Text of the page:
Liebe zur Orgel

Gerard Bunk is considered “one of the very great organ artists in the first half of the 20th century” (according to the standard work Handbuch Orgelmusik 2002). For Bunkʼs first biographer Rudolf Schroeder, “organ playing in such unprecedentedly crowded abundance as in Bunkʼs life ... [was] only possible through the perfection acquired from the piano at a young age”: indeed, Bunk enjoyed training as a pianist first in his native Rotterdam, then in England (allegedly with Mark Hambourg in London) and finally at the Hamburg Conservatoire. He also remained a pianist throughout his life. He mainly taught himself to play the organ by, as he himself said, “listening, copying and imitating”. When in 1910, at the insistence of the Social Democrats, a “peopleʼs concert” was squeezed in at short notice as the first event of the Max Reger Festival in Dortmund at a low admission price, the twenty-two-year-old came into his own: He stood in for Regerʼs usual interpreter Karl Straube, took turns with Reger at the new Walcker organ in St. Reinoldiʼs Church and was subsequently recommended as a conservatoire lecturer by the composer, who was obviously taken with him (“The boy is good”). From 1925 Gerard Bunk finally worked as organist at St. Reinoldi and thus at a famous reference instrument of the Alsatian organ reform movement instigated by Émile Rupp and Albert Schweitzer. On this instrument with its rich specification (105 stops, the first organ with five manuals in the German-speaking area), he performed a large part of the repertoire known at the time at the organ celebrations (Orgel-Feierstunden). The press nicknamed him “the living organ history”.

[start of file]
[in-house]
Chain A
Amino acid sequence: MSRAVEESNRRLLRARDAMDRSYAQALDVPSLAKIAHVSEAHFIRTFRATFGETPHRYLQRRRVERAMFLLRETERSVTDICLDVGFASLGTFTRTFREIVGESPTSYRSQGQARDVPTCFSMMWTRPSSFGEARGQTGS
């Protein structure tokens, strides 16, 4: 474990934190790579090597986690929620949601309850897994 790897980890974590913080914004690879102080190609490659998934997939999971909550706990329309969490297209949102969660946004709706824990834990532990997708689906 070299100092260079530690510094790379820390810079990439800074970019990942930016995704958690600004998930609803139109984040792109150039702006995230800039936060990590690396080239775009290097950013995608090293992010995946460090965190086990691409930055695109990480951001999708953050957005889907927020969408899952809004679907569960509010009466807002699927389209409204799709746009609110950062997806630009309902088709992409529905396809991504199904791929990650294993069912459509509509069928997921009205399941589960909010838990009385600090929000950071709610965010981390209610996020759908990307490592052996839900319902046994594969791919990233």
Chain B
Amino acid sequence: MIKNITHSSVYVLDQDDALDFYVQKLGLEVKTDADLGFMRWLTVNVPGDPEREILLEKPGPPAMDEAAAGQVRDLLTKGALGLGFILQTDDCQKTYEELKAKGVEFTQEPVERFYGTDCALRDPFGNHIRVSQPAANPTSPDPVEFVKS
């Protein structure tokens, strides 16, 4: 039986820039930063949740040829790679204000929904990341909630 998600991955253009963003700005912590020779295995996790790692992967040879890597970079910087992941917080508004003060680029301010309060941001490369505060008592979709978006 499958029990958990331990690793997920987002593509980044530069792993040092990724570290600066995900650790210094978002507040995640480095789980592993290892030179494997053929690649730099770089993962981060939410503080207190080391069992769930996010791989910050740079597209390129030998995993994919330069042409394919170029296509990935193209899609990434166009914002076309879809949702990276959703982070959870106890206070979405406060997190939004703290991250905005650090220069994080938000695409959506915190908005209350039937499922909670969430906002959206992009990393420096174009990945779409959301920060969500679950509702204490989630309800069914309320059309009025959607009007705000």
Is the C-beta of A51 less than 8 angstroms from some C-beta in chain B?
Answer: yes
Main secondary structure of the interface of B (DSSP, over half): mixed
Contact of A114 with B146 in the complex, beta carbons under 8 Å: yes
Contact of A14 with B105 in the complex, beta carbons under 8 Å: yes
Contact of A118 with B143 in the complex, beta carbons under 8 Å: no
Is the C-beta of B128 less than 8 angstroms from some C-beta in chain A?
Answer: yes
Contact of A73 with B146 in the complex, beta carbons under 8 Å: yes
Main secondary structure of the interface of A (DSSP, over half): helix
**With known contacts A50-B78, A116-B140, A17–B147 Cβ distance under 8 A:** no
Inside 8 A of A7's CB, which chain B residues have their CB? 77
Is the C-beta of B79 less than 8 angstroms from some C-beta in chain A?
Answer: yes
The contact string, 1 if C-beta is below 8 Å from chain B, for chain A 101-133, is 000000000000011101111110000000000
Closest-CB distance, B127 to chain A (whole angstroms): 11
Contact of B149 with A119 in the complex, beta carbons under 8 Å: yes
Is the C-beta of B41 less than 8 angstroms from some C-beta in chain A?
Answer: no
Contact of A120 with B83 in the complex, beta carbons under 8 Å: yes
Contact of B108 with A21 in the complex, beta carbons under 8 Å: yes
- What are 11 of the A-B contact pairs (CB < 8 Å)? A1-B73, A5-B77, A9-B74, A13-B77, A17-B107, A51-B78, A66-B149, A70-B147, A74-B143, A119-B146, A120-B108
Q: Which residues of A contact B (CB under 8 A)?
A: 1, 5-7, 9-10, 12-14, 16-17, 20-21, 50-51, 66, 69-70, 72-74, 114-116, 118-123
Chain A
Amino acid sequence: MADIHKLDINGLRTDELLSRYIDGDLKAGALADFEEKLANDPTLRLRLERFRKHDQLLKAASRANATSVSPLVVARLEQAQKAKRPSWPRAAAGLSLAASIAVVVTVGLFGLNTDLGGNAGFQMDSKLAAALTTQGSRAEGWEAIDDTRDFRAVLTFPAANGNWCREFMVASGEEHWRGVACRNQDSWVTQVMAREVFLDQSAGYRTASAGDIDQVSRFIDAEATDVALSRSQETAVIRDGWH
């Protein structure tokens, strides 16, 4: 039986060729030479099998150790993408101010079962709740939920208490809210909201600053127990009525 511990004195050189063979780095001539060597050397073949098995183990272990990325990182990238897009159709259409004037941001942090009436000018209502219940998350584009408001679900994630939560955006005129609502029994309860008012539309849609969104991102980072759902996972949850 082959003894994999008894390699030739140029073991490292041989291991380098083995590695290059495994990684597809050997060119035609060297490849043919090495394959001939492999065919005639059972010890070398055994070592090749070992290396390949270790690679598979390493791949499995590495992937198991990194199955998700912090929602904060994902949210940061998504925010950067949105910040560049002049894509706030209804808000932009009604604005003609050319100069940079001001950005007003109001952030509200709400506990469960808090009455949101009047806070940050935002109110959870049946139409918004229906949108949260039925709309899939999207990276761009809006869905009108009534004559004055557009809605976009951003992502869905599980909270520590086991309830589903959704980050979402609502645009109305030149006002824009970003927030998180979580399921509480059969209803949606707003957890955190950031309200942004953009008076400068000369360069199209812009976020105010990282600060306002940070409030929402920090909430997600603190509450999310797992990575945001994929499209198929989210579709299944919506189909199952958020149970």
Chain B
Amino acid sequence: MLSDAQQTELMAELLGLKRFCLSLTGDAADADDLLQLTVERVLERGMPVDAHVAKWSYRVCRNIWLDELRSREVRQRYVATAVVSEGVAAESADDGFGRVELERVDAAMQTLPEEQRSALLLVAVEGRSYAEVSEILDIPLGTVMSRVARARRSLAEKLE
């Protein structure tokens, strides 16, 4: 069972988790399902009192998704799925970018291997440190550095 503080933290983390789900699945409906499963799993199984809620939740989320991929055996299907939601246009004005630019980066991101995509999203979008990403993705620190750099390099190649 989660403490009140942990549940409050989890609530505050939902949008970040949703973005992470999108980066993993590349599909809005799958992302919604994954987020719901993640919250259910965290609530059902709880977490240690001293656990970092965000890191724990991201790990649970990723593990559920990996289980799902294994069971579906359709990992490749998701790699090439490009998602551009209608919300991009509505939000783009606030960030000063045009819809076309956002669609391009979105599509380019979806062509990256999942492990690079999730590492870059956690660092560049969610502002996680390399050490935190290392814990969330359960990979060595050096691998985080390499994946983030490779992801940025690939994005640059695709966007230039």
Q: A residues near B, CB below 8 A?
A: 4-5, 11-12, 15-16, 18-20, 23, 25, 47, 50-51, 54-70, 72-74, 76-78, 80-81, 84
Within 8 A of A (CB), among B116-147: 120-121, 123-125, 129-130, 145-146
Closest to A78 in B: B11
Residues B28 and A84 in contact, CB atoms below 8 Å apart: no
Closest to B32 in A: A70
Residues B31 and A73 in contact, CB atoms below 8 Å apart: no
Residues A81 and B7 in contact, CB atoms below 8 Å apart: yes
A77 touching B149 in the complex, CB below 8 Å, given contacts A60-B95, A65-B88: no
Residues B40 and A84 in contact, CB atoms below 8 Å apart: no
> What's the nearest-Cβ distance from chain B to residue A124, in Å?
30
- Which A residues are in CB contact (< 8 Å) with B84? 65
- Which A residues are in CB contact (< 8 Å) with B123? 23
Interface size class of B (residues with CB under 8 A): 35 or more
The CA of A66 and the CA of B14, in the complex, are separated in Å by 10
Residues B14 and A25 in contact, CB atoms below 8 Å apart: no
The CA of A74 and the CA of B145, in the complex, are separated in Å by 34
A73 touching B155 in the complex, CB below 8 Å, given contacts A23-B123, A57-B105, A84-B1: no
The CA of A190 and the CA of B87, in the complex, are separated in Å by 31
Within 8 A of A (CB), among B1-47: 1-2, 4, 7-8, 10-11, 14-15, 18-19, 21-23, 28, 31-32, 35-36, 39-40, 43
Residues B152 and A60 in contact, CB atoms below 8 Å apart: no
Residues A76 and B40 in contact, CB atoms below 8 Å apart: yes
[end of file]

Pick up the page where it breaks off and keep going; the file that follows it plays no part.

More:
In 1910, Bunk had sent his first published organ work, the Legend Op. 29, to Albert Schweitzer in Strasbourg. Schweitzer praised its style as “an effective combination of that of Mendelssohn and that of César Franck” and particularly praised “the serene and vivid layout of the whole.” Bunk sent later organ compositions to Lambarene, where Schweitzer “got an idea” of them on his tropical piano. Wolfgang Stockmeier, who appreciated Bunk for “a style of unmistakable personal idiosyncrasy”, describes the special tonal language using the example of the Passacaglia Op. 40 (1911): “Bunk makes use of all the technical possibilities of the alternating harmony of the late Romantic tradition and is no less daring than Reger, but his style is not so much characterized by sudden eruptions and is therefore clearer and more spacious.“

Bunkʼs special relationship with the instrument he favoured finds expression in the title of his posthumously published memoirs: Liebe zur Orgel.


I was friends with the organist at the time, Gerard Bunk, who was an important composer ...”
No one has reported on organ building and organ art over the course of the first half of the 20th century and recorded the image and development as he did.”
Albert Schweitzer